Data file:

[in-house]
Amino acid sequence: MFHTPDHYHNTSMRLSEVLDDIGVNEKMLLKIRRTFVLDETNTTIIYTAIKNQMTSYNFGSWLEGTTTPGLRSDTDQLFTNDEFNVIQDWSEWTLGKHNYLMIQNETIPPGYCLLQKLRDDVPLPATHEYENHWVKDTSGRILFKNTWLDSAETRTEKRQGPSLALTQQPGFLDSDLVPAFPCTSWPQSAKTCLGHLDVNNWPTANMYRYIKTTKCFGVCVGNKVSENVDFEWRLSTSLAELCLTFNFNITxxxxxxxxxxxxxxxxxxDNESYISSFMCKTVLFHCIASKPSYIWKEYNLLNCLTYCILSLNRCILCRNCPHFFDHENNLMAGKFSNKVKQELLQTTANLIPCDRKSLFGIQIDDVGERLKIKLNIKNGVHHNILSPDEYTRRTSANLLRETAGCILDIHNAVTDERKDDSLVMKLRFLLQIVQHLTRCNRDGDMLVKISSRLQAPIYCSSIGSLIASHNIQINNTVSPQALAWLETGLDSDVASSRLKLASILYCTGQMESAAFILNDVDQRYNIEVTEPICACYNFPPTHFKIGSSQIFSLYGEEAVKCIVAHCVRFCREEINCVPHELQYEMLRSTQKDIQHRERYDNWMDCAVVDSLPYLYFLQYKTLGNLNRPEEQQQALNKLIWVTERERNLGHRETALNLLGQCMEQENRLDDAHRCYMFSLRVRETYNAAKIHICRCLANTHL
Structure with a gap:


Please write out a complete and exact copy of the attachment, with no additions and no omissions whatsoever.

[in-house]
Amino acid sequence: MFHTPDHYHNTSMRLSEVLDDIGVNEKMLLKIRRTFVLDETNTTIIYTAIKNQMTSYNFGSWLEGTTTPGLRSDTDQLFTNDEFNVIQDWSEWTLGKHNYLMIQNETIPPGYCLLQKLRDDVPLPATHEYENHWVKDTSGRILFKNTWLDSAETRTEKRQGPSLALTQQPGFLDSDLVPAFPCTSWPQSAKTCLGHLDVNNWPTANMYRYIKTTKCFGVCVGNKVSENVDFEWRLSTSLAELCLTFNFNITxxxxxxxxxxxxxxxxxxDNESYISSFMCKTVLFHCIASKPSYIWKEYNLLNCLTYCILSLNRCILCRNCPHFFDHENNLMAGKFSNKVKQELLQTTANLIPCDRKSLFGIQIDDVGERLKIKLNIKNGVHHNILSPDEYTRRTSANLLRETAGCILDIHNAVTDERKDDSLVMKLRFLLQIVQHLTRCNRDGDMLVKISSRLQAPIYCSSIGSLIASHNIQINNTVSPQALAWLETGLDSDVASSRLKLASILYCTGQMESAAFILNDVDQRYNIEVTEPICACYNFPPTHFKIGSSQIFSLYGEEAVKCIVAHCVRFCREEINCVPHELQYEMLRSTQKDIQHRERYDNWMDCAVVDSLPYLYFLQYKTLGNLNRPEEQQQALNKLIWVTERERNLGHRETALNLLGQCMEQENRLDDAHRCYMFSLRVRETYNAAKIHICRCLANTHL
Structure with a gap: